Planning to leave work means planned savings

If early retirement — enforced or chosen — is in the cards, take advantage of employer-provided pre-retirement counseling. This tax-free benefit can save you money.

All too often since the Great Recession of 2008, early retirement begins with termination from employment and a severance package. Or, you may retire voluntarily after long service, in which case you may receive a retiring allowance. Either way, this payment could be the largest lump sum you will receive in your lifetime. If you don’t want it eaten up by taxes, you will want to take advantage of an important tax-free benefit — employer-provided pre-retirement counseling — before you leave your employment. Many employers make this option available to departing employees or will be open to it if you suggest it.

Consider this example. Tom is 58, single and — until Oct. 15 — earned $65,000 a year working at the local manufacturing plant where he had been a supervisor for the past 10 years. But on Oct. 15, Tom received a layoff notice from his employer, offering him a $50,000 severance package. In combination with his company-sponsored pension plan, which would provide a periodic pension of $4,000 a month, Tom decided to take early retirement.

Wisely, Tom worked with his tax and financial advisors on this pre-retirement strategy. On their advice, Tom asked that his severance be paid to him in two instalments — $25,000 on Dec. 1 and $25,000 on Jan. 2 — saving him $2,700 in income taxes over the two years.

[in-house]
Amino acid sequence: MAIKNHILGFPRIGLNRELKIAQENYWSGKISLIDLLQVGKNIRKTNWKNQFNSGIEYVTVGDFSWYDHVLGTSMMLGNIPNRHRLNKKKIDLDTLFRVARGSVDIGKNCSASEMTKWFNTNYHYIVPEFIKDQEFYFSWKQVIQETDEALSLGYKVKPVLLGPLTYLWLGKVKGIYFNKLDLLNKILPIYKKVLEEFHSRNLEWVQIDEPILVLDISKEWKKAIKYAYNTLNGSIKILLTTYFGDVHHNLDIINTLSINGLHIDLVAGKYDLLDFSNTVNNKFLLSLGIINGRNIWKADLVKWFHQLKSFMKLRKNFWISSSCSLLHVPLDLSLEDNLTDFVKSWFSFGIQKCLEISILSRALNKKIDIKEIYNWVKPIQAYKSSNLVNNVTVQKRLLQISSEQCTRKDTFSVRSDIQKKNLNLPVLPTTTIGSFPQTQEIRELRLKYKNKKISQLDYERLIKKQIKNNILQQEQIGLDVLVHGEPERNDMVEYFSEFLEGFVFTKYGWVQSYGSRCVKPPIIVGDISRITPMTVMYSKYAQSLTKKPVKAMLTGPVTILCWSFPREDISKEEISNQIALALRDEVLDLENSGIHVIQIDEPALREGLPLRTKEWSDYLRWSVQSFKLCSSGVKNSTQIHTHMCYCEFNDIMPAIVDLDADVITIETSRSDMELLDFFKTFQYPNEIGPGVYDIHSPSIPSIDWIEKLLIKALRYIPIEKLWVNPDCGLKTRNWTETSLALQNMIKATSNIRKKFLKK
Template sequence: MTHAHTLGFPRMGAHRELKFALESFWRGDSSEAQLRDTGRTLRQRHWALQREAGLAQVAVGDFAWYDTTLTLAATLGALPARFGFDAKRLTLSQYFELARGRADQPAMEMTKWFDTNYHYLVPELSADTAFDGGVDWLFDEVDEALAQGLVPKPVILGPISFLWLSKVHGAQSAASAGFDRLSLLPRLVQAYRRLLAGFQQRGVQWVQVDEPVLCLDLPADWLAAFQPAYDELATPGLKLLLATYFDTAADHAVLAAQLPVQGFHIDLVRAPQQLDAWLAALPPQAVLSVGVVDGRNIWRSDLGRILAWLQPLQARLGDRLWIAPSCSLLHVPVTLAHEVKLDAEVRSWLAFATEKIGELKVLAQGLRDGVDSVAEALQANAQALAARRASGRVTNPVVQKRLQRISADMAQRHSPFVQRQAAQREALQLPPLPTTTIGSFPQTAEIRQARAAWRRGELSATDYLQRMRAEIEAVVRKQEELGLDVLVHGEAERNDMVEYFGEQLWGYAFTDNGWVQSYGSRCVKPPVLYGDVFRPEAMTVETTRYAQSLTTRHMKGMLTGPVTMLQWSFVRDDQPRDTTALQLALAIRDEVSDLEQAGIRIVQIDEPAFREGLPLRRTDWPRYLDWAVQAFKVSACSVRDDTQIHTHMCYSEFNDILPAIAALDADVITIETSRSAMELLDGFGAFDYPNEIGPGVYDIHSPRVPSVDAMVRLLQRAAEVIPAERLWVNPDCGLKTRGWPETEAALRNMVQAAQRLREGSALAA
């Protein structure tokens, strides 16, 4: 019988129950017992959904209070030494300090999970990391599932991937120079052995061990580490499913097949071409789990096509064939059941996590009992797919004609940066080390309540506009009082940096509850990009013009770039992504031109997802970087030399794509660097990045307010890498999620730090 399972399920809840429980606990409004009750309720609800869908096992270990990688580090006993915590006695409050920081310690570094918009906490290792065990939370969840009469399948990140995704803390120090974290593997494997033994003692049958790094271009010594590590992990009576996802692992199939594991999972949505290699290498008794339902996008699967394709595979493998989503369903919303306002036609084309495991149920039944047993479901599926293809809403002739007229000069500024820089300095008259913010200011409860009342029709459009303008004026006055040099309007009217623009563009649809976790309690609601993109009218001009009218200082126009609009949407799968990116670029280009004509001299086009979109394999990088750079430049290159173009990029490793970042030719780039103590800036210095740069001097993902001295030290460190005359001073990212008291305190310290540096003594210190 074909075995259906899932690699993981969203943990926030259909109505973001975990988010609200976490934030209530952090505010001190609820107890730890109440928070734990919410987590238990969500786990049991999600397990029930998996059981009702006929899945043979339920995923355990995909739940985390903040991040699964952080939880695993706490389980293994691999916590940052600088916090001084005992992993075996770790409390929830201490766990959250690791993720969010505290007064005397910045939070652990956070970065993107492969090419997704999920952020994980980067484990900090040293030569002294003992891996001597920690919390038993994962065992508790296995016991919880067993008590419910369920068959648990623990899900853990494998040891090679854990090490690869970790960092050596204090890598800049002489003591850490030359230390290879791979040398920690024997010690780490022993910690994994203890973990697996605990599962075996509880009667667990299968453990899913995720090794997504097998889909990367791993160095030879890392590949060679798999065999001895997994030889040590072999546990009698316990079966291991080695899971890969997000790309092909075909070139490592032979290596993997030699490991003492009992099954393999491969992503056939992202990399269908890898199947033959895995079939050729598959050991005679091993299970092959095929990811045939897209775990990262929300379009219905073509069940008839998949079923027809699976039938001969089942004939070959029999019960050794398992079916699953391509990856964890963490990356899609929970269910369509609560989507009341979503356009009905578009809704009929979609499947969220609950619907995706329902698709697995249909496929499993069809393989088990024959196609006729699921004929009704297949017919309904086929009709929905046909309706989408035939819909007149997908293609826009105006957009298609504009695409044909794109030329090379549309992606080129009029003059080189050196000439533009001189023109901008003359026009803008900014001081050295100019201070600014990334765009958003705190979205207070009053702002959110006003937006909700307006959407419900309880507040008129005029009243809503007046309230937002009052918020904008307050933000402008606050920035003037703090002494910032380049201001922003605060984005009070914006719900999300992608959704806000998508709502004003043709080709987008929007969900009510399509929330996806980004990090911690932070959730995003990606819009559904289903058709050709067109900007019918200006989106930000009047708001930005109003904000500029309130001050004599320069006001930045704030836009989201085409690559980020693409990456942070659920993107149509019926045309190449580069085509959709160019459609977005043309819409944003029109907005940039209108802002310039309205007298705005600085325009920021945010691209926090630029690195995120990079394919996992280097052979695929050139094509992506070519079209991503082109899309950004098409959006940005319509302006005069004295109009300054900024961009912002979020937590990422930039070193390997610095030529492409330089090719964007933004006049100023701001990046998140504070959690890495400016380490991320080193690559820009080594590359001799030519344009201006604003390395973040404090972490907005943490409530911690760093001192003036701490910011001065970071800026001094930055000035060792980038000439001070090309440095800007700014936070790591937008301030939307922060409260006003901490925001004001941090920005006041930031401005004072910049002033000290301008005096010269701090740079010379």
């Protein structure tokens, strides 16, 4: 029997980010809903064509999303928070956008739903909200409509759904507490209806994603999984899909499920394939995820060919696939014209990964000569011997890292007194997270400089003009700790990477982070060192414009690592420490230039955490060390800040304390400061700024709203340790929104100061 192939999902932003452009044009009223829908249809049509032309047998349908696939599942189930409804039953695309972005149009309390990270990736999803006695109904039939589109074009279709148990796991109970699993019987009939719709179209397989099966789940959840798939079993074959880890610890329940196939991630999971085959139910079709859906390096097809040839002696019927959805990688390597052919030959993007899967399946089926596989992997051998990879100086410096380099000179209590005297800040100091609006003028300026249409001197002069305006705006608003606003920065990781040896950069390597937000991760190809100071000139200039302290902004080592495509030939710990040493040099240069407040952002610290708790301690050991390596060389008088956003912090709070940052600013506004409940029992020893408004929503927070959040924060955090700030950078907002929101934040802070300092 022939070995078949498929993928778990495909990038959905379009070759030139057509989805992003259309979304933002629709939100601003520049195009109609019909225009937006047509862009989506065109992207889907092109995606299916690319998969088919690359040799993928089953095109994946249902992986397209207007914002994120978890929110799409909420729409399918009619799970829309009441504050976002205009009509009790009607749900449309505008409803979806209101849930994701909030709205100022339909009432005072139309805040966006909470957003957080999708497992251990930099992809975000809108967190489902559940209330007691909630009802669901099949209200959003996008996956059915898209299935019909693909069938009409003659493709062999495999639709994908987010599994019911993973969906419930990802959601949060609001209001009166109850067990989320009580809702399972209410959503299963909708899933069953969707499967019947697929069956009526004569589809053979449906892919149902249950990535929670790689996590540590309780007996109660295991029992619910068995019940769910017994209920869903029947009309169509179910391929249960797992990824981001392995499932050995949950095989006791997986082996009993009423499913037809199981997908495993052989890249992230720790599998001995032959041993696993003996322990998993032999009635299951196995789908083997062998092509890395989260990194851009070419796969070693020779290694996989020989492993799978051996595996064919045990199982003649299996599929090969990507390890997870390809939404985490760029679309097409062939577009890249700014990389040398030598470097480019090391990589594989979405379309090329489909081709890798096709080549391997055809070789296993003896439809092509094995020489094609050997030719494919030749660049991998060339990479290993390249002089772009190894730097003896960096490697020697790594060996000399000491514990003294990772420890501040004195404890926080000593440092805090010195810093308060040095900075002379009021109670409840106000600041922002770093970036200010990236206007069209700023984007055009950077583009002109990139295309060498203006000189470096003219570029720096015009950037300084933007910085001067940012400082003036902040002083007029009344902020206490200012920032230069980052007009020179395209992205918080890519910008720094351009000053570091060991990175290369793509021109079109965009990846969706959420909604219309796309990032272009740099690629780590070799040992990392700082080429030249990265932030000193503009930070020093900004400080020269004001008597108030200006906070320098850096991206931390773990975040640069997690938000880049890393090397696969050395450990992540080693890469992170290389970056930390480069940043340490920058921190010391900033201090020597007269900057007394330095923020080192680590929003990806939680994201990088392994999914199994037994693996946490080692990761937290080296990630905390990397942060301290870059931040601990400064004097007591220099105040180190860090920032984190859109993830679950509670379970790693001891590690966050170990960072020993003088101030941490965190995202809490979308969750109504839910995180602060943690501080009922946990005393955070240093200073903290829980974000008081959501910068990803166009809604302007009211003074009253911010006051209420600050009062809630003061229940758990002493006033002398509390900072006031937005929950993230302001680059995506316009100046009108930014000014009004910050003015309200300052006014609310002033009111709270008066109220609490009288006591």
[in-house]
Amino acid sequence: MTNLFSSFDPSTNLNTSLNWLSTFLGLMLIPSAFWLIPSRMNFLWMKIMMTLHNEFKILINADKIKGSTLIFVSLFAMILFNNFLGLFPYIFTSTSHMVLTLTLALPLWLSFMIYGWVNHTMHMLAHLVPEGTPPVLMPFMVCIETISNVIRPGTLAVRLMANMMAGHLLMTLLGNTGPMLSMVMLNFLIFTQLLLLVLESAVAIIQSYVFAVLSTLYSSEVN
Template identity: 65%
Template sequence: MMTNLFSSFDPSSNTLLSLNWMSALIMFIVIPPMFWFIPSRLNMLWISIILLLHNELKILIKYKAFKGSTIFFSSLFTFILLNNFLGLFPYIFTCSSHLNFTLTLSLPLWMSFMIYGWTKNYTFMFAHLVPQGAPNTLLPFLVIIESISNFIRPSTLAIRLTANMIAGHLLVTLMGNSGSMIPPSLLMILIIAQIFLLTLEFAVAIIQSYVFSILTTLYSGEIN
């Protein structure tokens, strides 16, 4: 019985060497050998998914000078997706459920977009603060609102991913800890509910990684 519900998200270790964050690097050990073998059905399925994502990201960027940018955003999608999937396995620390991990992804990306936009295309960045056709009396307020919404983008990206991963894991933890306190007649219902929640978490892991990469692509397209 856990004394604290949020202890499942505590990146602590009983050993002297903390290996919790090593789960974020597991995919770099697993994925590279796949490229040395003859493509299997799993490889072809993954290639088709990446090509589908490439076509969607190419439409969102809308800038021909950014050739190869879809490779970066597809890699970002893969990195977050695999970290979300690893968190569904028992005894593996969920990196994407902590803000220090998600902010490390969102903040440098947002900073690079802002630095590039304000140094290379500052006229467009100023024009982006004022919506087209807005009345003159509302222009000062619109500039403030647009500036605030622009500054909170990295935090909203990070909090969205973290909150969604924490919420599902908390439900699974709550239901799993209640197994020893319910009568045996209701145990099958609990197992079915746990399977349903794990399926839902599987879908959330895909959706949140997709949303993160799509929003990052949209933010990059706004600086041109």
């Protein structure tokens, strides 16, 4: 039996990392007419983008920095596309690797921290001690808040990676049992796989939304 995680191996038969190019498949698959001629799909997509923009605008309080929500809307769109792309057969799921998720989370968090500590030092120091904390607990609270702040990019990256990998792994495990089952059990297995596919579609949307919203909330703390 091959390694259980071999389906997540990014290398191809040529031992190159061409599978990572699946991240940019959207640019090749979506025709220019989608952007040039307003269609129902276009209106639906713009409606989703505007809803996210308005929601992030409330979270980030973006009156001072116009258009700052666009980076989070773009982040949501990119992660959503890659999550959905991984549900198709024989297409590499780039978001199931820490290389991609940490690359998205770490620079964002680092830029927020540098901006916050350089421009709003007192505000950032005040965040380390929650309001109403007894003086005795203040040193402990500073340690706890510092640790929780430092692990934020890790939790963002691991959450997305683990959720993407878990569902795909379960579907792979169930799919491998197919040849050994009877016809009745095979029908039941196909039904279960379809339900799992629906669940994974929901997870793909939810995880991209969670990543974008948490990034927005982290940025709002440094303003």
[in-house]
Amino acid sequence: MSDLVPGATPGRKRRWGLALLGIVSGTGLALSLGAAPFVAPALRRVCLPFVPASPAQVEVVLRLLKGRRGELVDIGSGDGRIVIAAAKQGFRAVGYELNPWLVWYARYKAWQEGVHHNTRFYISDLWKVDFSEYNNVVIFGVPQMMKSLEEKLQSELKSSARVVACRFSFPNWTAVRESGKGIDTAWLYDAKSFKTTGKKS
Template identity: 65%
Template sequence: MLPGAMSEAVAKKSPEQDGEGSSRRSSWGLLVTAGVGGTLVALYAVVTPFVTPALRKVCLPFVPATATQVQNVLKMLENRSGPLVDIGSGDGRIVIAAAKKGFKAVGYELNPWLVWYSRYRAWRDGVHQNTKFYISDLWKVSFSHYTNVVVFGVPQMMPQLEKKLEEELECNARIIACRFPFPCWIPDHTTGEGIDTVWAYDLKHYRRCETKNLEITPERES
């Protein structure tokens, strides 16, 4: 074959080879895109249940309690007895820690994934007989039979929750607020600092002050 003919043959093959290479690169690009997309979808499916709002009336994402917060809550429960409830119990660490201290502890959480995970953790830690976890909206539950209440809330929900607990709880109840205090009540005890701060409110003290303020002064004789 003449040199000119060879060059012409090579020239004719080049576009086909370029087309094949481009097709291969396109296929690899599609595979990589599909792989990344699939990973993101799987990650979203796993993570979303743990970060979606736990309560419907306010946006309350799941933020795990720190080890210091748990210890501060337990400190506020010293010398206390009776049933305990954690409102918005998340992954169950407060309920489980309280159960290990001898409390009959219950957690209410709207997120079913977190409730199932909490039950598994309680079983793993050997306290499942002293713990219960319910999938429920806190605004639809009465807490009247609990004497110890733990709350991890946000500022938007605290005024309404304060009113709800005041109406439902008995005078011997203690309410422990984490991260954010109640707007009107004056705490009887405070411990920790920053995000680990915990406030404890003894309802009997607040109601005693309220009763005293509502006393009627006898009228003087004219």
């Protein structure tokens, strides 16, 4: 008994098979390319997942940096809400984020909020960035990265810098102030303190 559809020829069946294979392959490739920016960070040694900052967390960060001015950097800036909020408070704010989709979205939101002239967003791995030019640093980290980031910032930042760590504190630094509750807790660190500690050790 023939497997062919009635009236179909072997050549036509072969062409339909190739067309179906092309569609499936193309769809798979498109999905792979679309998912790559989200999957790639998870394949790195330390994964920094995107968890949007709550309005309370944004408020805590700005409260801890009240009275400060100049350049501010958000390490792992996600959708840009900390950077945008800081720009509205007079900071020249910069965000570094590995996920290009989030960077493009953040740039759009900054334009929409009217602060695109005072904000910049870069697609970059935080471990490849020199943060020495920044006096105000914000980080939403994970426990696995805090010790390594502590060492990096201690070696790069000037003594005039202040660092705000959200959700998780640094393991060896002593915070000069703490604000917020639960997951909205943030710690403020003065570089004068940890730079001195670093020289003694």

Using an income tax estimation calculator, Tom’s advisors calculated his income taxes for 2012 and 2013. If Tom receives both his salary and the $50,000 severance in 2012, the year of retirement, his taxable income will be about $115,000 this year and $48,000 next year. This would result in a tax bill of slightly more than $33,000 in 2012 and $8,000 in 2013. The total tax bill for the two years would be slightly in excess of $41,000.

But by splitting the severance into two $25,000 amounts paid over two tax years, Tom’s taxable income will be closer to $90,000 in 2012 and $73,000 in 2013, decreasing his tax bill for the two years by $2,700, enough to cover some of his monthly bills or to contribute to his Tax-Free Savings Account or his RRSP. That’s where an investment advisor can add real value, offering tax-efficient investment products to improve performance but at the right cost.

It’s Your Money, Your Life. Pre-retirement counseling is a great investment, particularly because it’s a tax-free benefit of employment. Taking advantage of this opportunity to work with your tax and financial advisors will make you richer.

Evelyn Jacks is president of Knowledge Bureau and an expert author of 50 books on tax and tax planning, including the new Jacks on Tax, available later this month. She is also a keynote speaker at this year’s sold-out Distinguished Advisor Conference, Nov. 11-14 in Naples, Fla. Follow her on Twitter @evelynjacks.


Posted under: Income Tax

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